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Spring is in the air! What does that mean to you? Fresh air, sunshine, pastels, or bunnies perhaps?  We celebrate this season for a good reason. Spring is a time of regeneration and rebirth. It is marked by the Vernal Equinox, which this year falls on March 20. It is an interesting scientific phenomenon with historical and symbolic significance spanning multiple cultures.

Celestial Celebration

This year’s Vernal Equinox falls on the heels of a snowstorm in the Northeast, making it almost laughable to mark the day as spring’s first, which it is, astronomically-speaking. Astronomers use equinoxes and solstices to mark seasonal shifts. These dates can change from year to year, which is why you may remember last year’s spring began on March 19. Of course, you can also determine the beginning of spring using meteorological seasons, a system used by professional meteorologists. Based on the season’s average temperature, each season spans a period of 90 to 92 days, and its calendar months are determined by location in the world. According to this system our spring already began on March 1 and will last until May 31. Either method is technically correct, but the equinox’s celestial description certainly allows for a more ceremonial ushering in of springtime.

The equinoxes (spring and fall) mark the days when the sun shines directly on the equator. The sun will rise and set exactly due east and west, respectively. The 2017 Vernal Equinox in the Northern Hemisphere will occur at 3:29 AM PST and 6:29 AM EDT (find out your city’s exact time here) on Monday, March 20. The Southern Hemisphere will be experiencing the Autumnal Equinox at the same time. The time indicates the moment the sun will cross the celestial equator, or the line in the sky above the Earth’s equator.

Many people believe that during the equinox, day and night command the sky for equal time frames, which isn’t accurate. The sun’s rays are bent by our atmosphere so the morning light will brighten the sky even before the sun rises, and vice versa during sunset. Therefore, depending on the location, the equinox will have a nearly equal day and night, but not exactly split.

Unfortunately if you were looking forward to an exact 12-hour day, you just missed it. The Spring Equilux occurs a few days before the Vernal Equinox. The Equilux is the day of equal daylight and night. This year the Spring Equilux occurred on March 14.

History & Cultural Significance

Throughout history and across many cultures spring has remained a time for renewal, fertility, and hope. In spring Christians celebrate Easter to honor the day when Jesus rose from the dead. Jews celebrate Passover in honor of the Israelites being freed from the shackles of Egyptian slavery. These holidays are celebrated in conjunction with the spring season, though they are not necessarily driven by the Vernal Equinox. For that we look to older cultures.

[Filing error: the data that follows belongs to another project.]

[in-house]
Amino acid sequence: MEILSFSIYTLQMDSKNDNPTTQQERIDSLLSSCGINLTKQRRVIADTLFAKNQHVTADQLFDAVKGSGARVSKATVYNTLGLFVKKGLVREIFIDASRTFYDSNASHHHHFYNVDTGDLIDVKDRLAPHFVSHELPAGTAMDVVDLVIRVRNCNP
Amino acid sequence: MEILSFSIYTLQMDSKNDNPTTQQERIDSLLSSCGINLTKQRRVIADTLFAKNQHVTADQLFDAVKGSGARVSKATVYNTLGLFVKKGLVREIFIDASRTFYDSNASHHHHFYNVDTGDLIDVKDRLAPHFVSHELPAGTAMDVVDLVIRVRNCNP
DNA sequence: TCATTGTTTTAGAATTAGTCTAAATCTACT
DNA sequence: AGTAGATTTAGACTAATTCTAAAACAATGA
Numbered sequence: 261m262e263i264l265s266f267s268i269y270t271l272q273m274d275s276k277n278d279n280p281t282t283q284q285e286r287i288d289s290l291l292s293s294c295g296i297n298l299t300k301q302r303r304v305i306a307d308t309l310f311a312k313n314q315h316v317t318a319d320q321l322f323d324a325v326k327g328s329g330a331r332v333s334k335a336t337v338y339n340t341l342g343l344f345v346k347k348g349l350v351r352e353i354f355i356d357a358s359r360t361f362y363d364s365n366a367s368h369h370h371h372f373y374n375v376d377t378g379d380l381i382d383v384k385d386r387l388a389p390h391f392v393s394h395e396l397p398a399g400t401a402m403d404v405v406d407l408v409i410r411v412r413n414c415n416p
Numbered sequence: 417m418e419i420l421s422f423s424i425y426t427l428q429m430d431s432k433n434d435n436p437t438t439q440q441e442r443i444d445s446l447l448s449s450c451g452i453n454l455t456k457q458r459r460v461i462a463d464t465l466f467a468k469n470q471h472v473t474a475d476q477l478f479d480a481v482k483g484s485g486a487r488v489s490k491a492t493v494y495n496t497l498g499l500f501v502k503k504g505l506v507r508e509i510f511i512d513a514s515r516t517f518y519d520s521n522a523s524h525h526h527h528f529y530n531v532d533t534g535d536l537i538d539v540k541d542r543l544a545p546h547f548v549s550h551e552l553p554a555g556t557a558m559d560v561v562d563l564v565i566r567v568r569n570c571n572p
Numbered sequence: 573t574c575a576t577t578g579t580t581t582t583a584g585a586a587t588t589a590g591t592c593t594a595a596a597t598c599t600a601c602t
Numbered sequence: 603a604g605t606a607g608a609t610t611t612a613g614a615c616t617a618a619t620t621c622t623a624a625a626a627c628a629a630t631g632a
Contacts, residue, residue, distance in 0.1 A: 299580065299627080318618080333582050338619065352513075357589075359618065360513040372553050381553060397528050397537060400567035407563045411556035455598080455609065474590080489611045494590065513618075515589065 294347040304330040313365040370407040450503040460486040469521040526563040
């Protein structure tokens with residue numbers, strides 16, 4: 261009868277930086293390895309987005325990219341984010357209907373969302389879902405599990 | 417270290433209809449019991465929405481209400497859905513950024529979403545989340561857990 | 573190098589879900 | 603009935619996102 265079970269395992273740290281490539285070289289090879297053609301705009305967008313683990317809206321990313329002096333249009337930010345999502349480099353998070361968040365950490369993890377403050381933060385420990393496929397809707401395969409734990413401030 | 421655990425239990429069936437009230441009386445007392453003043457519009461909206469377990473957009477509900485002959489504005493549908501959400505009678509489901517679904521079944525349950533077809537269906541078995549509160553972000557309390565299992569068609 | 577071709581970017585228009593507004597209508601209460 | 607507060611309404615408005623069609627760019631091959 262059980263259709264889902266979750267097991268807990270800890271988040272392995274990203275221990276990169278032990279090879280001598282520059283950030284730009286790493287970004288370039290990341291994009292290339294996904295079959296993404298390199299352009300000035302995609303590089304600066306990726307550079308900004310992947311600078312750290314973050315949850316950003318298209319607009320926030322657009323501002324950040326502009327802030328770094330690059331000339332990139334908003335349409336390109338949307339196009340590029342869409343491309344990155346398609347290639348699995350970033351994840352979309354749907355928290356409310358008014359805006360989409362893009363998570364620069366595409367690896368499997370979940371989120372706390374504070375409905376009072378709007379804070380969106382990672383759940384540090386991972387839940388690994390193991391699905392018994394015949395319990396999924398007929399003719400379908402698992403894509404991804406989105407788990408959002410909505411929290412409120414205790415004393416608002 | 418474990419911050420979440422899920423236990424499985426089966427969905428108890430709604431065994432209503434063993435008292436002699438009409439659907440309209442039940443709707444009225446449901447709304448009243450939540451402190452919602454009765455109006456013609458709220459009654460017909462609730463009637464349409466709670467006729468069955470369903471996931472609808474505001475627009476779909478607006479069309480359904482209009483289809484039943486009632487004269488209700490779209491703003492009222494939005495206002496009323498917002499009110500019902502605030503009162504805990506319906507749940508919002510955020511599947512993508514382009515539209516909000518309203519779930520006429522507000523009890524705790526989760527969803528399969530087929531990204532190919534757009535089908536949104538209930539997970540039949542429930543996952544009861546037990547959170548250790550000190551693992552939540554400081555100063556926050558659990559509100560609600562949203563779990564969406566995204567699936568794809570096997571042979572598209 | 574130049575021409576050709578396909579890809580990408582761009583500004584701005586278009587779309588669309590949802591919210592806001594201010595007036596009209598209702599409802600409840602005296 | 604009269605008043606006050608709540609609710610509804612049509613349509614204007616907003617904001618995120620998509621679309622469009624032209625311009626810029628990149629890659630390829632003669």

The early Pagans marked the Vernal Equinox, or Ostara, as a celebration for the new crop season. The name originated from Eostre, the Germanic goddess of spring. Notice how the name Eostre resembles the word “Easter.”

Editorial credit: Betto Rodrigues / Shutterstock.com Los Angeles, California, USA – March 21, 2015 – Persian dancer performing at the Norooz Festival and Persian Parade new year celebration.

The Persian New Year, Nowruz , meaning “new day”, always starts at the first dawning of the equinox and is thought to date back 15,000 years. It was famously celebrated in 487 BCE by the Persian king Darius the Great of the Achaemenian dynasty, in honor of his newly built Persepolis. On that day the first rays of the sun fell on the observatory at 6:30 AM, an event which only happened once every 1400 years. The Nowruz festival is a celebration of renewal and hope and is now celebrated by many different ethnic groups in different countries. Today in preparation for Nowruz, Iranians do a major house-cleaning before the 13-day festival. Wonder if that’s where the concept of spring cleaning comes from?

Kukulkan’s shadow on the steps of the Pyramid during spring equinox, Chichen Itza, Yucatan Mexico.

The Mayans of Central America also recognized the importance of the Vernal Equinox. At sunset on the day of the equinox they would gather at El Castillo, the ceremonial pyramid built in Mexico in 600 AD, to watch The Return of the Sun Serpent. The play of shadow and light on the north face of the pyramid, as the sun is setting, creates the illusion of a giant serpent descending the pyramid from the sky to the earth.

El Castillo isn’t the only ancient site built for equinox splendor. The Mnajdra temple complex on the southern end of Malta was built around 3600 BC. Only on the vernal and autumnal equinoxes does a beam of light enter the main passageway into a small shrine inside. The entrance gate of Angkor Wat in Cambodia faces the rising spring equinox sun perfectly, as does the Great Sphinx of Giza in Egypt. Stonehenge, in the south of England, is a prehistoric ring of massive standing stones, whose alignment with the sun has made it a destination for anyone who wants to celebrate the equinox and other celestial events.

Prehistoric Mnajdra temples. Malta (Maltese islands). Built in 3600-2500 B.C.

There are many ways to enjoy the Vernal Equinox and welcome spring, including visiting one of the ancient sites. You can spend time planting a garden, spring-cleaning or even on spiritual renewal. With the common themes of renewal, hope and purity, marking the beginning of spring has a long and meaningful history for most people and cultures everywhere.

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